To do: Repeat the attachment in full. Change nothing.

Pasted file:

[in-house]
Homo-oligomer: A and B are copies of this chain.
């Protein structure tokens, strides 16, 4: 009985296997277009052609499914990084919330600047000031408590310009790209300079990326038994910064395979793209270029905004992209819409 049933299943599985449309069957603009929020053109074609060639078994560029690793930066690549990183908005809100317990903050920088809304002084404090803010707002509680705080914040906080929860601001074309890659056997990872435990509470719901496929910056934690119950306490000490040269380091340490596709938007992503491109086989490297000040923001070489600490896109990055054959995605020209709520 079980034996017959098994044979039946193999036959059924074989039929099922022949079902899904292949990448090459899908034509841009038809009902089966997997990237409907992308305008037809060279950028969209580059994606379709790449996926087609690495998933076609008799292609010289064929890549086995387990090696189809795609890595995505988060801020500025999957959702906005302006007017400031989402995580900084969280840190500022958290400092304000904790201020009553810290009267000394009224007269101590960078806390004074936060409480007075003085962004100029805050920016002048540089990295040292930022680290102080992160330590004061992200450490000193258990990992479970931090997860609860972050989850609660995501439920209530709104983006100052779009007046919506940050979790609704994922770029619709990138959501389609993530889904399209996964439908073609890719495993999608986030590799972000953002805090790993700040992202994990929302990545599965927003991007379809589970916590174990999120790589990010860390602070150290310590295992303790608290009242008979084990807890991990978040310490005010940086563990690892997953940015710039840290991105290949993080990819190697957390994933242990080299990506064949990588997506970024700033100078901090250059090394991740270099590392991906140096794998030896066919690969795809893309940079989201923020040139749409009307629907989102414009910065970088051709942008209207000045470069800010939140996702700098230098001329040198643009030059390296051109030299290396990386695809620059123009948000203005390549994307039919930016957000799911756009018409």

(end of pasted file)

[in-house]
Homo-oligomer: A and B are copies of this chain.
């Protein structure tokens, strides 16, 4: 009985296997277009052609499914990084919330600047000031408590310009790209300079990326038994910064395979793209270029905004992209819409 049933299943599985449309069957603009929020053109074609060639078994560029690793930066690549990183908005809100317990903050920088809304002084404090803010707002509680705080914040906080929860601001074309890659056997990872435990509470719901496929910056934690119950306490000490040269380091340490596709938007992503491109086989490297000040923001070489600490896109990055054959995605020209709520 079980034996017959098994044979039946193999036959059924074989039929099922022949079902899904292949990448090459899908034509841009038809009902089966997997990237409907992308305008037809060279950028969209580059994606379709790449996926087609690495998933076609008799292609010289064929890549086995387990090696189809795609890595995505988060801020500025999957959702906005302006007017400031989402995580900084969280840190500022958290400092304000904790201020009553810290009267000394009224007269101590960078806390004074936060409480007075003085962004100029805050920016002048540089990295040292930022680290102080992160330590004061992200450490000193258990990992479970931090997860609860972050989850609660995501439920209530709104983006100052779009007046919506940050979790609704994922770029619709990138959501389609993530889904399209996964439908073609890719495993999608986030590799972000953002805090790993700040992202994990929302990545599965927003991007379809589970916590174990999120790589990010860390602070150290310590295992303790608290009242008979084990807890991990978040310490005010940086563990690892997953940015710039840290991105290949993080990819190697957390994933242990080299990506064949990588997506970024700033100078901090250059090394991740270099590392991906140096794998030896066919690969795809893309940079989201923020040139749409009307629907989102414009910065970088051709942008209207000045470069800010939140996702700098230098001329040198643009030059390296051109030299290396990386695809620059123009948000203005390549994307039919930016957000799911756009018409």